- Following recent incidents of unrest at institutions like Virginia Tech and Berkeley, researchers from the University at Albany have released a study in which they look at the role of the president in these situations and determine methods of crisis leadership, reports Phys.org.
- Researchers found that while many institutions may have emergency management plans, many don't actually prepare or train presidents and other high-level officers how to handle their jobs in the middle of a crisis.
- The study outlines six tasks of crisis leadership — creating pre-conditions that facilitate collaboration during an incident, effectively interpreting the complex context of the unrest, fast response and targeted decision making, extending information to stakeholders and constituents on decisions carried out, figuring out the right moment to shut-down the crisis and learning from, as well as documenting, the event to enhance safety and performance.
Failure to respond appropriately in a time of crisis can have long-term effects on an institution, but it can also have an immediate impact on the security of the president and other leading campus decision-makers' jobs. For example, former president of the University of Missouri Tim Wolfe was forced to resign following his handling of racial hostilities on the college campus in 2015. Chancellor R. Bowen Loftin also resigned. Beyond just campus unrest, campus leaders are also scrutinized in other instances of emergency, like natural disasters. For instance, when the University of South Florida was hit by Hurricane Irma, regional chancellor Sophia Wisniewska resigned after facing criticism for fleeing to Atlanta during the storm, while ten students remained on campus.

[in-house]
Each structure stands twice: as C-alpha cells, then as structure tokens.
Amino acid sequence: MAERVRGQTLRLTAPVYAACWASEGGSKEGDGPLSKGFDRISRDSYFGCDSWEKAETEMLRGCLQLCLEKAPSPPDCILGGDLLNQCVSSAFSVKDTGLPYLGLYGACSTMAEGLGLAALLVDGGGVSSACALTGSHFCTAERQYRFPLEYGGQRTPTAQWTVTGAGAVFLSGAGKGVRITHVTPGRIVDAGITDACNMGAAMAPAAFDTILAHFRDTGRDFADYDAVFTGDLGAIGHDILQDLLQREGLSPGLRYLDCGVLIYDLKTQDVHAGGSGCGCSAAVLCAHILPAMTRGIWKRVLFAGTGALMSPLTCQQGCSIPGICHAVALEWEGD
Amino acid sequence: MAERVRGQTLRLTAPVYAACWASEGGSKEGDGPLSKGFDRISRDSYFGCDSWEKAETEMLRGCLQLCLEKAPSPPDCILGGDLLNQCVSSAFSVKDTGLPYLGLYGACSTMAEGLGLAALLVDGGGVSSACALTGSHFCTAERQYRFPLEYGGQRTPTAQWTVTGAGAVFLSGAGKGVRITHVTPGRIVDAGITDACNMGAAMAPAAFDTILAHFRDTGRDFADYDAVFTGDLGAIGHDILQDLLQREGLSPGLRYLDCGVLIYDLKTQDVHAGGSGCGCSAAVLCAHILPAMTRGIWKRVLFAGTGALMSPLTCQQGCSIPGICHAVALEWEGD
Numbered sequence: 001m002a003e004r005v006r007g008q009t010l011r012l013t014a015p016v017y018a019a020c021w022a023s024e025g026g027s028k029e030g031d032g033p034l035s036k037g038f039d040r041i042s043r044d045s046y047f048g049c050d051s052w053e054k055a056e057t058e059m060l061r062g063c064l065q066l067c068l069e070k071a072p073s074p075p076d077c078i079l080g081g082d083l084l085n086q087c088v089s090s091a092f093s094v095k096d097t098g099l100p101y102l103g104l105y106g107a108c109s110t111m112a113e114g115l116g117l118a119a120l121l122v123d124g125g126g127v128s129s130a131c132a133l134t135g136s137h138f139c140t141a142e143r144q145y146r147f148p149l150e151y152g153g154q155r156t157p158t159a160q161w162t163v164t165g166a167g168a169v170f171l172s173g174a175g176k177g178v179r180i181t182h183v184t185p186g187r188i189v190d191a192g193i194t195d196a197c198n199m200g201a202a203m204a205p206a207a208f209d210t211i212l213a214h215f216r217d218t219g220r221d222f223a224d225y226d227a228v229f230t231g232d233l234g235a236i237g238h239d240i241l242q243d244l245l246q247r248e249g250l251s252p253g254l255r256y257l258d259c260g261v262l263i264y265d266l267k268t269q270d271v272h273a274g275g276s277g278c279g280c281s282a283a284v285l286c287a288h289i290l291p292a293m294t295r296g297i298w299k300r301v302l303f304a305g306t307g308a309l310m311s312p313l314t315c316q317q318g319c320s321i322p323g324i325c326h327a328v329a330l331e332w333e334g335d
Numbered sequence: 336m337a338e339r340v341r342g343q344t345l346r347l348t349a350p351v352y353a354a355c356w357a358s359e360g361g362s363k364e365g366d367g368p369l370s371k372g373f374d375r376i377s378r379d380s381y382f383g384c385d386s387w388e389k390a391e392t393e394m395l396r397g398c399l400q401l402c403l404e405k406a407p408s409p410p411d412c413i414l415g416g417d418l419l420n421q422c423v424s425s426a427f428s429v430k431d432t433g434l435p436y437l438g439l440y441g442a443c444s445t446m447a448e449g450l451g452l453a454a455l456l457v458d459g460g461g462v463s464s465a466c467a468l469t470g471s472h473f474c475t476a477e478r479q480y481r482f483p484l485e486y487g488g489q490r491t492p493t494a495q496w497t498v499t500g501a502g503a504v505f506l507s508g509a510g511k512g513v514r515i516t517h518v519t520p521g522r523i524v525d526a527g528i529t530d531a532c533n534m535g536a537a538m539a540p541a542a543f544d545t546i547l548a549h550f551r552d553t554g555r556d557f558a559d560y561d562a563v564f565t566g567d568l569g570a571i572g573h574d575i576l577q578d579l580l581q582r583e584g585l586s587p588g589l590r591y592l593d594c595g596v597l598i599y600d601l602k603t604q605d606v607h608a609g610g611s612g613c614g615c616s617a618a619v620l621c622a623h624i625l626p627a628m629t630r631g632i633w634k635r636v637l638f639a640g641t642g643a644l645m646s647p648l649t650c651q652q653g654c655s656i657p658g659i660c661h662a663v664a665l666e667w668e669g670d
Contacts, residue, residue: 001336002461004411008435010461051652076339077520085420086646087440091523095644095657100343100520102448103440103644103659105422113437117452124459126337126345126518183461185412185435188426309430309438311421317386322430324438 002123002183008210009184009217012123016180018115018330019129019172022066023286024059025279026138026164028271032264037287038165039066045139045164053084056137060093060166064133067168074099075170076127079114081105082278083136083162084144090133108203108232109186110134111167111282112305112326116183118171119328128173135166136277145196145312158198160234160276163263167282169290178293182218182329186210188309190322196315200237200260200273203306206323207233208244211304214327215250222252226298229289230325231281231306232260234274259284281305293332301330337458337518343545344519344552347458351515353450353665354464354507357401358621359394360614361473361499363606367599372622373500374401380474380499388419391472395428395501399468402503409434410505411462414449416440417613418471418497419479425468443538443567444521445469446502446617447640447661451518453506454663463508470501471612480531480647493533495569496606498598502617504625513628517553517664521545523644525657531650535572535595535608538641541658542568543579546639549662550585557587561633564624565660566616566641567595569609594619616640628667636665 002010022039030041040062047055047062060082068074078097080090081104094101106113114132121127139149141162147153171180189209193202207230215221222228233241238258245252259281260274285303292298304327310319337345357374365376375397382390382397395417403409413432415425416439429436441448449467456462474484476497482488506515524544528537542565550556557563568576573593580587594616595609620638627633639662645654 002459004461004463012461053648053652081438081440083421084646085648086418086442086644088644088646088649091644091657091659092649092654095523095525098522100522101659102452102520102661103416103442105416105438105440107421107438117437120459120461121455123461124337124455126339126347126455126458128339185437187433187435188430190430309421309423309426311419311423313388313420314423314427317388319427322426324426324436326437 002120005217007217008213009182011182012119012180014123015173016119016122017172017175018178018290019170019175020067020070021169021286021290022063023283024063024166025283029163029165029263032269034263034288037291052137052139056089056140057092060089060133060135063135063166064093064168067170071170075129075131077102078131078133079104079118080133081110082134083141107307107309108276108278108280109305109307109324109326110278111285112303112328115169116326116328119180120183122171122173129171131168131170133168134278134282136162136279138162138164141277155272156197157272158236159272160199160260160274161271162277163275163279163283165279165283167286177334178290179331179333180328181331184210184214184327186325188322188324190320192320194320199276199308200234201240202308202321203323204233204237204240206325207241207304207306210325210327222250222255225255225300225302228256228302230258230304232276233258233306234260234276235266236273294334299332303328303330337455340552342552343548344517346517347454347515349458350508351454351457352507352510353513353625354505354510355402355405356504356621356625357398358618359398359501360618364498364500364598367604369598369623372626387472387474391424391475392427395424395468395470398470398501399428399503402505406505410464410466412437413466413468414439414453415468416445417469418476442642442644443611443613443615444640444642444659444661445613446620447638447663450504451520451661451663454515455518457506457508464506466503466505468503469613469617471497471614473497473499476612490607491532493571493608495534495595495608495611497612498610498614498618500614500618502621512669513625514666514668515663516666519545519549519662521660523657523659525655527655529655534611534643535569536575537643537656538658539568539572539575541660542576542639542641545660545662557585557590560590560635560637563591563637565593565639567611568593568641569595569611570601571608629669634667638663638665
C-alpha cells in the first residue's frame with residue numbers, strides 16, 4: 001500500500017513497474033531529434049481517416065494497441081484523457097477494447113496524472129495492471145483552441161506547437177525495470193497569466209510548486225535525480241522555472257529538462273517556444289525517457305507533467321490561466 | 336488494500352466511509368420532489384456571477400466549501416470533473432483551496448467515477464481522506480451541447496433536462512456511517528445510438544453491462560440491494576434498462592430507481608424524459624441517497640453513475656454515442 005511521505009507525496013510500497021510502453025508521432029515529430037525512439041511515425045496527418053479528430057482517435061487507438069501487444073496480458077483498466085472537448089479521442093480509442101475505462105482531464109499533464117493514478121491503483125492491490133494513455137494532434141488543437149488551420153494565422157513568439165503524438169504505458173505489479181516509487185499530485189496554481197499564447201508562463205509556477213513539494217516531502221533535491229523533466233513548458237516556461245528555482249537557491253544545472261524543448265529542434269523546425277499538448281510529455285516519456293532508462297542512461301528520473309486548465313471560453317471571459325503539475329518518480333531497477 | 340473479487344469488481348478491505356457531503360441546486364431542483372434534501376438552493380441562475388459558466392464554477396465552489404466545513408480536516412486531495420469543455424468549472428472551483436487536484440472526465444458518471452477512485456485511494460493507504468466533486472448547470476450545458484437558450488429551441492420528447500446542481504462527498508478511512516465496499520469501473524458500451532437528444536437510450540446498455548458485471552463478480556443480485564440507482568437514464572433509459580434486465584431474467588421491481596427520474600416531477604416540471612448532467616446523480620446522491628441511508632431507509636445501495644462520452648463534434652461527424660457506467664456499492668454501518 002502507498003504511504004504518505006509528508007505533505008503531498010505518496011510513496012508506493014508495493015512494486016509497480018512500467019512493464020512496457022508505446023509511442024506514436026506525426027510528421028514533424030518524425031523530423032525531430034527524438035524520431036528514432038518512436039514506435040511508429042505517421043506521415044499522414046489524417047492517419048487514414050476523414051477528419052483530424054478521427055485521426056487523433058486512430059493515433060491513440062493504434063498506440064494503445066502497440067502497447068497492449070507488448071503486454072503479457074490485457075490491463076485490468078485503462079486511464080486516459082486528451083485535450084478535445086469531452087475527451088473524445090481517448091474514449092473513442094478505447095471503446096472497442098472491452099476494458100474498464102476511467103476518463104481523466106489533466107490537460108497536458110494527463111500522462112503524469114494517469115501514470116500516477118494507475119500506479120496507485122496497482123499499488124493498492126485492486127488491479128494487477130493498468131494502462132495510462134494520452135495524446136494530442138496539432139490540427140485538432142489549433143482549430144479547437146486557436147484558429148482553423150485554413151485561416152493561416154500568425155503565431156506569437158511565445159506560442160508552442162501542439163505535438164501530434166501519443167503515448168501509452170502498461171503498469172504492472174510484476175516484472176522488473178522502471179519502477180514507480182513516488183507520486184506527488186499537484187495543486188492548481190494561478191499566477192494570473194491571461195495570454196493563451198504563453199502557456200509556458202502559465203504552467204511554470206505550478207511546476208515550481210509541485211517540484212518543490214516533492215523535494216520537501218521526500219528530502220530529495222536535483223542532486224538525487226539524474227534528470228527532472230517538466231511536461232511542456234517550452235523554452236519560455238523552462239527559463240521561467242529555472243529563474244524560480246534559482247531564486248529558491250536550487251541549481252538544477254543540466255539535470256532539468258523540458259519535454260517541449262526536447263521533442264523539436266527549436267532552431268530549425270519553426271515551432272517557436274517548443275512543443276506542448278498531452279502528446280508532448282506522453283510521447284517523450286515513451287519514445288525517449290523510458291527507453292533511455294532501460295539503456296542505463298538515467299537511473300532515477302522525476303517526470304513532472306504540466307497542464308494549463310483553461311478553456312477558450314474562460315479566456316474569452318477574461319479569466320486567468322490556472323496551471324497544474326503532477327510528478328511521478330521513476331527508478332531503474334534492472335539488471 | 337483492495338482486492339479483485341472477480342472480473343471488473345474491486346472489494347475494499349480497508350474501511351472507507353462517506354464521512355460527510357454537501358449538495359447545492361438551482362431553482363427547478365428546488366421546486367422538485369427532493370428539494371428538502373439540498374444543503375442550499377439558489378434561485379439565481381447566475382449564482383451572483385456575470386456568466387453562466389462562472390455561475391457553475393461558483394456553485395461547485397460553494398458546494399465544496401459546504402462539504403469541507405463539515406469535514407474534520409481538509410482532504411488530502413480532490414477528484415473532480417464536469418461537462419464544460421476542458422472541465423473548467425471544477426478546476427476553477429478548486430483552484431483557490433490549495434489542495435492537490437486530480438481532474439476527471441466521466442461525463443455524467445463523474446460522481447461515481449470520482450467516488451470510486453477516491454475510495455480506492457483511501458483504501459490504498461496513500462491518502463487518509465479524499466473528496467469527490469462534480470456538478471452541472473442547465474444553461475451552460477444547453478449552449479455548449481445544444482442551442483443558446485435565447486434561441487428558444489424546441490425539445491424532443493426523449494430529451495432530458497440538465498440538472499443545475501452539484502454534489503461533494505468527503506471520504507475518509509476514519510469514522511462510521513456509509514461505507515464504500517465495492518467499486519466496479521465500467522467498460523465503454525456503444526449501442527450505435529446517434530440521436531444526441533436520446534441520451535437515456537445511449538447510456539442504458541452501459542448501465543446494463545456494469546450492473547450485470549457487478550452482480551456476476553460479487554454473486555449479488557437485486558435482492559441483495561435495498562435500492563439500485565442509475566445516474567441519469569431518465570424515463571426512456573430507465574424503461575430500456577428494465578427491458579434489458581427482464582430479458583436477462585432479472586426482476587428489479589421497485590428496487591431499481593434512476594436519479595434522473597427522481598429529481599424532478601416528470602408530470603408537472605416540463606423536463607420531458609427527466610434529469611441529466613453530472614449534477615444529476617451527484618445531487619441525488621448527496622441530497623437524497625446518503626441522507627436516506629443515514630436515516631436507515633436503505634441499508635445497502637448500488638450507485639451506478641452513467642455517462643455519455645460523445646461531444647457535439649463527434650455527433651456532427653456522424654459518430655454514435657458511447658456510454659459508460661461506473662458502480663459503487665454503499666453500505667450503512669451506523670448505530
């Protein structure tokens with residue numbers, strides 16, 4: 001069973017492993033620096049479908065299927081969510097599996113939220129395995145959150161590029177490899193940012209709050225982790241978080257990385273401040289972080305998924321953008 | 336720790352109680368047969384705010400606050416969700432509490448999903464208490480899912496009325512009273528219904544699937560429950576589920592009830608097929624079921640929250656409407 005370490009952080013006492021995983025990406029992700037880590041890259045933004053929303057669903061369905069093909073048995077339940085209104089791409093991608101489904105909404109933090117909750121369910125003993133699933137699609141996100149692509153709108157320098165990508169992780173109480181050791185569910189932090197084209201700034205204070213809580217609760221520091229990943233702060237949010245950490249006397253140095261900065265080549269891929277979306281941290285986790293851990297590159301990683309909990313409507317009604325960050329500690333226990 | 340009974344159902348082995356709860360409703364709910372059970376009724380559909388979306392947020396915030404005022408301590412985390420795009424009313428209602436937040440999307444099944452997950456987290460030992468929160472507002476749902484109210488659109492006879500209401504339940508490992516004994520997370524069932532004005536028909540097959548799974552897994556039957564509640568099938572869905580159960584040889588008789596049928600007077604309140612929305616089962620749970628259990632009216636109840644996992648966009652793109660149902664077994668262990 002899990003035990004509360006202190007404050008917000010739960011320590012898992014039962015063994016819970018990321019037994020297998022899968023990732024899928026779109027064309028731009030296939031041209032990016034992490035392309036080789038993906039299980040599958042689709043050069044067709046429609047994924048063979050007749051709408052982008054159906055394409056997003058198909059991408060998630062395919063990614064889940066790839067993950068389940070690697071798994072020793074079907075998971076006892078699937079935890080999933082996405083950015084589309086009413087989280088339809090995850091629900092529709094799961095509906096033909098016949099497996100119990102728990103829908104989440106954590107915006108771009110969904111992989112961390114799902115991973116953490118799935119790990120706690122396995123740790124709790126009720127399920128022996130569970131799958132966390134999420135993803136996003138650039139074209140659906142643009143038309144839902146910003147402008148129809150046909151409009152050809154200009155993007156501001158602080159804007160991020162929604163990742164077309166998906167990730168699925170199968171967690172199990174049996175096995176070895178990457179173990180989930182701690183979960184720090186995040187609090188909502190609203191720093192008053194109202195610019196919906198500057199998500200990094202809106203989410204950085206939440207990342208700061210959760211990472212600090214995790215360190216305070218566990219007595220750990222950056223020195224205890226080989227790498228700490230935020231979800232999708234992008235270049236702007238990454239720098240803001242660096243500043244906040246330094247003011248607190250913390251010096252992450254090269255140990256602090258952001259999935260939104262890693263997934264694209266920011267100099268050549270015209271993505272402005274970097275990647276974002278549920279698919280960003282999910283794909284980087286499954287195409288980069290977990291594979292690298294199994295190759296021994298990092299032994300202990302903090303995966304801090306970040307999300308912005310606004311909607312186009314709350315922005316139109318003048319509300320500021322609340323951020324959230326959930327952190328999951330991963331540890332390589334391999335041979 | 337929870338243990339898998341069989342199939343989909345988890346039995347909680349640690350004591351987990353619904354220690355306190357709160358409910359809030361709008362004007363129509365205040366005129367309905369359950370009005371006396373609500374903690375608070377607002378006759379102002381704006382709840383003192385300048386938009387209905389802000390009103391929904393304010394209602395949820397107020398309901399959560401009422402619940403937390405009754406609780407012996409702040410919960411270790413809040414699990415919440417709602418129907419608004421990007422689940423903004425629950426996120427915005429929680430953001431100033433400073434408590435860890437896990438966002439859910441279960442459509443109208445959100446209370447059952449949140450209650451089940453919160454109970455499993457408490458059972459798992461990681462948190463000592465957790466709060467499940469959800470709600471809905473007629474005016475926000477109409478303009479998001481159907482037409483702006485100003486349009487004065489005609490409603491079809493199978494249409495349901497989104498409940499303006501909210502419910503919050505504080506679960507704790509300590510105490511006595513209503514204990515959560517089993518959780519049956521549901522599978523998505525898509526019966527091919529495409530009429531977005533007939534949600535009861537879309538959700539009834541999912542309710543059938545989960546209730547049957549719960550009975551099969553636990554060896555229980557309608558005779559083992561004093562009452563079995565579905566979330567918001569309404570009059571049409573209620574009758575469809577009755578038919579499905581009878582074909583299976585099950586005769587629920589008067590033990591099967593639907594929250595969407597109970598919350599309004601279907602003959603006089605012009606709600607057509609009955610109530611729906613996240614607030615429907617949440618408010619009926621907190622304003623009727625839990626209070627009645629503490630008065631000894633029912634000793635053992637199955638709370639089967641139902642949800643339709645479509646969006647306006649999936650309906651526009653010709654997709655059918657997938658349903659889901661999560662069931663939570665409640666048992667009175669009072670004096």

Presidents can no longer act as backseat policy decision-makers, but must show that they are actually here for students for their jobs to remain relevant — and part of that comes from understanding how to handle crisis situations, moments where students not just hope, but expect to see advising from the institution's leader. In a recent conversation with Education Dive, President Antonio Pérez of Borough of Manhattan Community College recalled that he had to fill this role when 9/11 occurred and one of his campus buildings crumbled in the aftermath.
"I believe that a leader at times, when he is put in a situation where he has a responsibility, it's no longer about his own personal safety," said Pérez. "It's about what their responsibilities are and how to carry those out."
He also emphasized the importance of preparation in the role of president.
"We try to determine who are our customers, what do they want, and what are they like, so that we can respond and find a way to reach them," said Pérez. "I think its critical businesses are projecting, and forecasting with regard to their customer and delivery of their products..."